Around this time last year, Bryan and I started the transition from living in Europe for two years to coming back to the United States. Packing up our first “married-life” apartment and beginning the journey to Atlanta was quite the emotional process.
Thankfully, we had all the travel in between to enjoy.
So, we packed up all of our stuff (except for some clothes!) and sent the rest of our items home with packers.
We met my family in Copenhagen to begin our month of traveling the next day. The first part of our traveling was a Dahl family cruise to the Nordic countries.
There was a ton of anticipation surrounding this special cruise because we originally planned to do it in June of 2017. When Melissa was diagnosed with cancer in May of 2017, we pushed it back a year. I am so glad we did because the cruise was truly meant to be enjoyed in August. We had the time of our lives!
p.s. writing about this trip a year later will be more difficult as some of the small details are probably fuzzy, but it is still important to capture the memories we made together.
So, here we go!
The cruise started on Tuesday the 28th of August. We met the rest of the family at the hotel in Copenhagen. The first evening we went to a cozy dinner at a restaurant called Olive Restaurant.
The next morning, we booked a “flytographer” to take pictures of us around the city and then we went on a biking tour of Copenhagen with Nova Fairy bike tours in the afternoon.
It was neat for Bryan and me to experience another bike-centric city besides Amsterdam! Copenhagen is one gorgeous city.
After our day of exploring, we boarded the ship and settled into our rooms. We ate at the Italian restaurant on the boat that evening!
The next day, our boat docked into a little town in the Northern part of Germany, called Wernemunde. The cruise line encouraged passengers to arrange transportation into Berlin, which most families did. The drive was not the most scenic, but Berlin was absolutely worth it!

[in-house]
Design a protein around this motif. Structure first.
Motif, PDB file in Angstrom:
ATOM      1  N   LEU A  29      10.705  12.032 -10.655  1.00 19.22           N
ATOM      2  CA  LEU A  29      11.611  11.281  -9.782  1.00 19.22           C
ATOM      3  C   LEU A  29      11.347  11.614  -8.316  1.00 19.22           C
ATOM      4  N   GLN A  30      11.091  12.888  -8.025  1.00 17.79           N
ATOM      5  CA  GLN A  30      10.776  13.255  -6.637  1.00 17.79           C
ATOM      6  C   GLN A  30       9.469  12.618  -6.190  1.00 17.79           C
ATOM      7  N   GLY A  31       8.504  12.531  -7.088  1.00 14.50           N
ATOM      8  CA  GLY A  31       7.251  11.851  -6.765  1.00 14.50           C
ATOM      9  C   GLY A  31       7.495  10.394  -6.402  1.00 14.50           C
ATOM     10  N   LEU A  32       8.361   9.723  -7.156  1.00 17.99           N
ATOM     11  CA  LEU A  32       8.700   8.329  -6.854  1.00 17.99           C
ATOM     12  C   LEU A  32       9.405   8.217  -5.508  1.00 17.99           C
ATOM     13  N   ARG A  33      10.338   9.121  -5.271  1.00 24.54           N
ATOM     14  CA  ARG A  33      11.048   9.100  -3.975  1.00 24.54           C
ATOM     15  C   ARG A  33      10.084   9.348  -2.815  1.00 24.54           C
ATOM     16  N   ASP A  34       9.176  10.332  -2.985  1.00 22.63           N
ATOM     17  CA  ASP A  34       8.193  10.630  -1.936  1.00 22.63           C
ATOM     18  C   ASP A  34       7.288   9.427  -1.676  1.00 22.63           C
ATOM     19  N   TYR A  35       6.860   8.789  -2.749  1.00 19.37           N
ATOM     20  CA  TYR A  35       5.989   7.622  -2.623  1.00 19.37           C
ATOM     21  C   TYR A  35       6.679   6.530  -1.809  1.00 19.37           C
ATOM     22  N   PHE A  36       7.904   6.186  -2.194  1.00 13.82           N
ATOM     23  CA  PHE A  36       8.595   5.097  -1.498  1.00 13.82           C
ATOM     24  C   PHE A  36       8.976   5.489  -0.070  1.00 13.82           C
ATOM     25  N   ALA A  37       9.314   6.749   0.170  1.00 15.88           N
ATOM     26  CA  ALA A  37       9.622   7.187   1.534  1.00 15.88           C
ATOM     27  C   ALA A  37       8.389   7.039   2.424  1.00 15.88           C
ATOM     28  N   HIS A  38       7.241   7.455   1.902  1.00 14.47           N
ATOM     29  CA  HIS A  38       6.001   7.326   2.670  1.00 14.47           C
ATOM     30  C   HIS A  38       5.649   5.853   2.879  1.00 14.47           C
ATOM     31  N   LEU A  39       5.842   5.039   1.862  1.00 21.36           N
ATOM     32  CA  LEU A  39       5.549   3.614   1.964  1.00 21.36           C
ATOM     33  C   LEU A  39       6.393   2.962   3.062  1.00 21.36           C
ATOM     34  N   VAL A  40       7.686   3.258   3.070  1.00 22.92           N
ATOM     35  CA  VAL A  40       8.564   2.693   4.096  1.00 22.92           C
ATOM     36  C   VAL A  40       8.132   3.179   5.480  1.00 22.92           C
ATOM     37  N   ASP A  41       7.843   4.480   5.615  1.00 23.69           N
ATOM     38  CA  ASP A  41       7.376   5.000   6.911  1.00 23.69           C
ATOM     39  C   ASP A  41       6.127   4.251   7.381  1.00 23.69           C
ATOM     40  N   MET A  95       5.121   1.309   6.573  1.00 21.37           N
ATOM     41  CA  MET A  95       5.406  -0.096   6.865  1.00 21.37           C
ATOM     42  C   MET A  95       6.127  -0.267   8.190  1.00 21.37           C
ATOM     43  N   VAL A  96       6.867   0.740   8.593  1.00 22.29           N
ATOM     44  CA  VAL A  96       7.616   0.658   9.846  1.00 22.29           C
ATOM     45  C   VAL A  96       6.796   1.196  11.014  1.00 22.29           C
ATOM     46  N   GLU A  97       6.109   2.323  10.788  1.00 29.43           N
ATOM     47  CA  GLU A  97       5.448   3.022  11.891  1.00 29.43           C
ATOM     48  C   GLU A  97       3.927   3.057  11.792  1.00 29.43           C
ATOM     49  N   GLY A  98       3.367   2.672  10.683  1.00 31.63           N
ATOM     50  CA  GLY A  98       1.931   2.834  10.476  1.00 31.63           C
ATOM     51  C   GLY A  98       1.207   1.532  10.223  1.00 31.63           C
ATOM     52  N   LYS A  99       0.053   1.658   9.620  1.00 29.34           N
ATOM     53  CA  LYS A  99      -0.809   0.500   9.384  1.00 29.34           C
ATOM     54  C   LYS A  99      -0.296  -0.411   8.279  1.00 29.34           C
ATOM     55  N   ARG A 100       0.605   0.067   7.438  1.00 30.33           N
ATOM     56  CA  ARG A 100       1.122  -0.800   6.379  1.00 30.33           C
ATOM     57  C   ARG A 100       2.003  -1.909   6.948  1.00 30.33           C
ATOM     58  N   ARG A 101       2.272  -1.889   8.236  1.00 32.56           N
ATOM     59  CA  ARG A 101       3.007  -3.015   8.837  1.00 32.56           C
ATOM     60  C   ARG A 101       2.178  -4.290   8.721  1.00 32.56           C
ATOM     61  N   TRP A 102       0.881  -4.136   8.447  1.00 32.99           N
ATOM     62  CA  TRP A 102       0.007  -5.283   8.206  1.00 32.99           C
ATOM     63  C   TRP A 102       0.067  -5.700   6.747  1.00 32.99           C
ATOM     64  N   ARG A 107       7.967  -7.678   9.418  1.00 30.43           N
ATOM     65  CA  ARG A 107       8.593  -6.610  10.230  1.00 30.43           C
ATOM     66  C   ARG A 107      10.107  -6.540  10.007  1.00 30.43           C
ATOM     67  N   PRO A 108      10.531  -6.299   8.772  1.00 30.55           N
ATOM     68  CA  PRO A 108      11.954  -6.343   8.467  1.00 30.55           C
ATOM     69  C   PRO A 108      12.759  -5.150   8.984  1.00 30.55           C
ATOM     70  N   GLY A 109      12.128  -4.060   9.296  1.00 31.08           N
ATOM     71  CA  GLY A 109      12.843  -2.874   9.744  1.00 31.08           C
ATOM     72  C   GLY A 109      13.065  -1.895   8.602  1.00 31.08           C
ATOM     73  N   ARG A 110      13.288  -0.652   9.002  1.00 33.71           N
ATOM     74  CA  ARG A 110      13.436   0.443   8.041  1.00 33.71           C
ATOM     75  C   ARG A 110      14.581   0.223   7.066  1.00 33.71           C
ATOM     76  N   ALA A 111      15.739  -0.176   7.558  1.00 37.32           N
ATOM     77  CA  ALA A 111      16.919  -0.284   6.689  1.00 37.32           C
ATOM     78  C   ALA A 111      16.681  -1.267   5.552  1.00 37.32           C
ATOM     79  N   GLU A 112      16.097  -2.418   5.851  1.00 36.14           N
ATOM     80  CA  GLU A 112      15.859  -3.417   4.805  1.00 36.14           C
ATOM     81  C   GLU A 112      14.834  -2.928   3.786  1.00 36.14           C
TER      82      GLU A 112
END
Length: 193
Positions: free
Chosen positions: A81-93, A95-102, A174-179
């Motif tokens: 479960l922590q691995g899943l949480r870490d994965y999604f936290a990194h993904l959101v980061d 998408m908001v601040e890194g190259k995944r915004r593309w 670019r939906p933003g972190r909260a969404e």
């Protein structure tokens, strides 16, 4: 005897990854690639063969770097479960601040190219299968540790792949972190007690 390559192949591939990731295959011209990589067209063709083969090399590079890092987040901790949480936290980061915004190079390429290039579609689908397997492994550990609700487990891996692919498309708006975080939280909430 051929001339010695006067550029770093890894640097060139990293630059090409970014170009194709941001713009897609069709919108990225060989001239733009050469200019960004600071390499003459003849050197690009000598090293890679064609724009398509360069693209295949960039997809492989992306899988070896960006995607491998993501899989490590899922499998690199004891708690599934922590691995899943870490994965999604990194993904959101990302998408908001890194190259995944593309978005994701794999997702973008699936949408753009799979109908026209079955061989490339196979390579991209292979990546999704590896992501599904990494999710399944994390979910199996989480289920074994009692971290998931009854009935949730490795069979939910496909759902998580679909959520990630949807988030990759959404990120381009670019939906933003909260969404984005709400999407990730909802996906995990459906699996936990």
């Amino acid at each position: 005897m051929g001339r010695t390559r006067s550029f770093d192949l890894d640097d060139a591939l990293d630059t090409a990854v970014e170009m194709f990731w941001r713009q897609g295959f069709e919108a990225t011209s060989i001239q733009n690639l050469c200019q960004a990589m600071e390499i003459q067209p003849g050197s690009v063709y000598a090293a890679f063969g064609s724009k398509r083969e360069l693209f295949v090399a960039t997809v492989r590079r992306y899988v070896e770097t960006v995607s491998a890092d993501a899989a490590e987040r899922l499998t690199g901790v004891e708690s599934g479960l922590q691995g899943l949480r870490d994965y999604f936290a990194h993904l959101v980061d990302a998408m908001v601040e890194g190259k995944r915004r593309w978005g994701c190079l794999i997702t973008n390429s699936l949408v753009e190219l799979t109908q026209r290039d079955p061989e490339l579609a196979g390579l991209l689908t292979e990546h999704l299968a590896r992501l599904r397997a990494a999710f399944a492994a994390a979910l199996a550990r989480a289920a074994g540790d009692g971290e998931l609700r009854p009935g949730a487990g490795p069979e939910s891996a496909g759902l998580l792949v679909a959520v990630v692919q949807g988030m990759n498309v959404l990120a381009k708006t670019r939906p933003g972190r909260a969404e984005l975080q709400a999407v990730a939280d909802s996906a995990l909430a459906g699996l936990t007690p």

When we arrived, we met our tour guide, Yuri, and he gave us a wonderful and (funny!) high-level overview of the city. It was “information overload” because there was so much to do and see in such a short amount of time. We did part of the day walking and part of it in the van.
There were a ton of important parts of the Berlin day, but one of the most impactful moments was seeing the Holocaust Memorial in the center of the city.
We paid respect to the Berlin Jewish population that was killed during the Holocaust with a moment of silence. Yuri shared with us about his fears of the growing alt-right movement in Berlin right now which is concerning him with their anti-semitic rhetoric.We also ate a DELICIOUS Israeli healthy lunch with Yuri. He said it was a welcome surprise for him. Most of his tours want a typical German – style lunch, but we were ok to skip that part!
Another highlight of the day was visiting the Berlin wall. The Berlin Wall was constructed in 1961 to separate West Berlin and East Berlin during the Cold War, and actually came down on the day Melissa was born, on November 9th, 1989. We visited two different sections: The West Berlin side with artwork and the East Berlin side.
We could have spent another day touring Berlin so I hope to go back soon.
On Saturday, September 1st, we arrived in Tallin, Estonia. Tallin, with it’s perfectly preserved 13th century Gothic style architecture, is especially beautiful. We visited the cobblestoned Old Town, which had a ton of little shops and the Kiek in de Kök, a 15th-century defensive tower.
Bryan and I bought a small painting in a local art gallery of the town center of Tallin, which we will always treasure!
That evening, we did the special chefs pairing wine dinner at La Riserve on the ship. We loved being able to share a private dinner and the food was delicious! My dad asked them to pour all white wines with his courses and the waiters happily agreed!
All for now! The rest of the trip will come in a part 2..
One Comment Add yours
Thank you for posting this trip Hilary. It is such fun to re-live the places we visited through your pictures.